For Immediate Release:
September 13, 2017
WASHINGTON, DC – Cleary Gottlieb today filed an amicus curiae brief in the U.S. Supreme Court opposing the Trump Administration’s emergency motion to refuse admission of refugees, including unaccompanied refugee minors (URMs), who have received assurances of resettlement from a U.S. resettlement agency, while the Supreme Court considers constitutional and statutory challenges to Executive Order 13780 (EO-2).
The brief was filed on behalf of Lutheran Immigration and Refugee Service (LIRS) and seven current and prospective foster families for child refugees.
EO-2 is the President’s executive order barring entry of foreign nationals from six designated countries and suspending portions of the U.S. Refugee Admissions Program. URMs are children who are admitted to the United States as refugees and placed with foster families and/or in similar living arrangements. LIRS is one of two national voluntary resettlement agencies working with URMs.
Two U.S. courts of appeal have held that EO-2 exceeds the President’s authority, either because it is contrary to the Immigration and Nationalities Act or because it violates the Establishment Clause of the Constitution. On October 10, 2017, the Supreme Court will hear oral argument concerning the merits of those decisions.
In the meantime, the Court has suspended implementation of EO-2 as to individuals with a “bona fide relationship” to U.S. persons and entities. On September 7, 2017, the U.S. Court of Appeals for the Ninth Circuit held that refugees who have received assurances of resettlement from a U.S. resettlement agency, including URMs, have such a bona fide relationship and made its decision effective after five days. The government filed an emergency motion to stay that order, and the Supreme Court required responses within one day. LIRS’s brief urges the Supreme Court to keep the Ninth Circuit’s decision in place.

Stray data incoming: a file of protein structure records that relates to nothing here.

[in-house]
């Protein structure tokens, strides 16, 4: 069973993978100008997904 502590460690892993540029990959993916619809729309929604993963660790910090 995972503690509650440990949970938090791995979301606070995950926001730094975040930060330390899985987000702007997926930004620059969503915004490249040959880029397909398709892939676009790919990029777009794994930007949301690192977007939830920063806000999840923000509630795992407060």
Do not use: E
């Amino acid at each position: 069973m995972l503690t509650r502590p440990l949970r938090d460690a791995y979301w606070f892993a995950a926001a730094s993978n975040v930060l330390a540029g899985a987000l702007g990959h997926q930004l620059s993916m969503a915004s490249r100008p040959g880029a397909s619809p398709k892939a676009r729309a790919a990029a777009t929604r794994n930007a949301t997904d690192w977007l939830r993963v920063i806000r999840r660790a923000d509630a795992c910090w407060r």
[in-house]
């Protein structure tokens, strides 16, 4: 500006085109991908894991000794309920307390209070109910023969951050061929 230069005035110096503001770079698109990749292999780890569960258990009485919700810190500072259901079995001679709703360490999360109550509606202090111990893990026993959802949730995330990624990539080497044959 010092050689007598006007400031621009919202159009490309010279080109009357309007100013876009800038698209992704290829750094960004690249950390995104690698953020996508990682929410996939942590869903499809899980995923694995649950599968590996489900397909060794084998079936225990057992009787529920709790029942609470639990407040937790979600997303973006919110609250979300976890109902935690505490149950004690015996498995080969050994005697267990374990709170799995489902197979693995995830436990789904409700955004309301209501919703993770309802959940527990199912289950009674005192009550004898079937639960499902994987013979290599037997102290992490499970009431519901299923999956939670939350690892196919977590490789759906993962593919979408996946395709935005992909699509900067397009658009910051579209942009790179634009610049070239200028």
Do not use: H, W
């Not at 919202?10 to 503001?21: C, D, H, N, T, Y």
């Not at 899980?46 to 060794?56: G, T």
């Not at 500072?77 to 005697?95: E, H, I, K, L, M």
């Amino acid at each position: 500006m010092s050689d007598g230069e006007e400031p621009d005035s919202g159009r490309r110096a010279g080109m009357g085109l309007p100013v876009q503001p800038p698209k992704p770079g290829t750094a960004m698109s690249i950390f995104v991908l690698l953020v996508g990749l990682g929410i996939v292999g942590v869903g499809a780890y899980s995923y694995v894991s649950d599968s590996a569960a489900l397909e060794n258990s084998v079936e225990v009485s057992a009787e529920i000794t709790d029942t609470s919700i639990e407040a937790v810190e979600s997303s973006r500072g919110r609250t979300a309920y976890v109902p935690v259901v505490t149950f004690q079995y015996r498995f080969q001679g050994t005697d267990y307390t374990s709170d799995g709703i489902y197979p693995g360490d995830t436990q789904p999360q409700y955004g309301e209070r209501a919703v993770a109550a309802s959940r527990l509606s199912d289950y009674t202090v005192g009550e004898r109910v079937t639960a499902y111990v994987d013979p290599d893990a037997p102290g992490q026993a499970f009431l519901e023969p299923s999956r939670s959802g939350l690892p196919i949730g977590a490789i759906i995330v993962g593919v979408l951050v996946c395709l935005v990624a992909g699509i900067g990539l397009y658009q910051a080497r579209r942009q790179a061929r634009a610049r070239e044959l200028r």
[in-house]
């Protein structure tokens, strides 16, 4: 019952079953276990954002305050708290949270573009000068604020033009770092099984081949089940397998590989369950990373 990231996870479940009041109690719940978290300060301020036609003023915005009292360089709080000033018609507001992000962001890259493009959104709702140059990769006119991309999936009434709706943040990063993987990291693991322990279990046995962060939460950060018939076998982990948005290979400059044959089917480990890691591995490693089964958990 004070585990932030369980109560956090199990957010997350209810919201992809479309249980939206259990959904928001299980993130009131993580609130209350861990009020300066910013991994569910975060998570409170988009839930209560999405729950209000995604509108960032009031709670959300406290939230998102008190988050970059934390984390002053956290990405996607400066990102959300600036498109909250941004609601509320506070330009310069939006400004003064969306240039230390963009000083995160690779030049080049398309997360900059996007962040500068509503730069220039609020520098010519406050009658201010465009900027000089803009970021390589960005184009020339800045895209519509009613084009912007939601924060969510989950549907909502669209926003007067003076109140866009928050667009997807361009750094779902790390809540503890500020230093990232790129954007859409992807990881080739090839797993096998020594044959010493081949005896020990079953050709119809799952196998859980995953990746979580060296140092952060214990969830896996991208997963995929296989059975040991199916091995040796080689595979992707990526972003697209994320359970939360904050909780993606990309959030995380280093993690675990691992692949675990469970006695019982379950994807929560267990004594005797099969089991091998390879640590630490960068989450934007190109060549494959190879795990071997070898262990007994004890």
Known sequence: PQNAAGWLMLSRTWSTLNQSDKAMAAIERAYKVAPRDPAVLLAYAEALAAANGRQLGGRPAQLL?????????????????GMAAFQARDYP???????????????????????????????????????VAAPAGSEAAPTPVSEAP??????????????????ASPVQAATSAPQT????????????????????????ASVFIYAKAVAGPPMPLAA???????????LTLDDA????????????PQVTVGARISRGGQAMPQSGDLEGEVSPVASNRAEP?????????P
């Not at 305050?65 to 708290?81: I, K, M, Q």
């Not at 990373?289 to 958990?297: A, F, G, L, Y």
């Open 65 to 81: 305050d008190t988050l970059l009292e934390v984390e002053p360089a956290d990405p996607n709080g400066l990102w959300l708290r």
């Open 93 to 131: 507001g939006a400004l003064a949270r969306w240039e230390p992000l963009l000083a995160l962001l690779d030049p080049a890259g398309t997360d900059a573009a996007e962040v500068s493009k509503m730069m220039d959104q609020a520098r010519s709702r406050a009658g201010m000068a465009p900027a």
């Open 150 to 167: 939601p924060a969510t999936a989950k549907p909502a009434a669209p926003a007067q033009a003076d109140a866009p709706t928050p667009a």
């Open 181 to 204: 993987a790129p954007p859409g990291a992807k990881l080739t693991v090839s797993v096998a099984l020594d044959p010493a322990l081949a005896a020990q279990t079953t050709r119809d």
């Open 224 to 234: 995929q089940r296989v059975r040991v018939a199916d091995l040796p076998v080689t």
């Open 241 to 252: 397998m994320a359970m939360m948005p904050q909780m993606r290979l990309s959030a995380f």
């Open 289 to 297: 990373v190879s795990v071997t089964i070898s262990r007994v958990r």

“We submit this brief today to highlight the plight of dozens of refugee youth who, but for the arbitrary application of a bona fide relationship, would have had a chance at finding a home in welcoming communities across the country,” said Jessica Jones, LIRS policy counsel.
“The goal of our brief is to help the Court understand the critical connections that the tremendous efforts of LIRS and their partner agencies, as well as the foster parents and families involved, forge with the refugee children,” explained Cleary Gottlieb partner Nowell Bamberger.
“It is a privilege to represent the Lutheran Immigration and Refugee Service and the selfless individuals who are opening their homes and hearts to children in great need,” added Cleary Gottlieb partner Matthew Slater.
The brief was authored by Cleary Gottlieb partners Matthew D. Slater and Nowell D. Bamberger, and associates Michael R. Noveck, Jonathan E. Amgott and Taylor H. Bates, together with LIRS policy counsel Jessica Jones.
Click here for a copy of the brief.
Founded in 1939, Lutheran Immigration and Refugee Service is the second largest refugee resettlement agency in the United States. It is nationally recognized for its leadership advocating with refugees, asylum seekers, unaccompanied children, immigrants in detention, families fractured by migration and other vulnerable populations. Through more than 75 years of service and advocacy, LIRS has helped over 500,000 migrants and refugees rebuild their lives in America.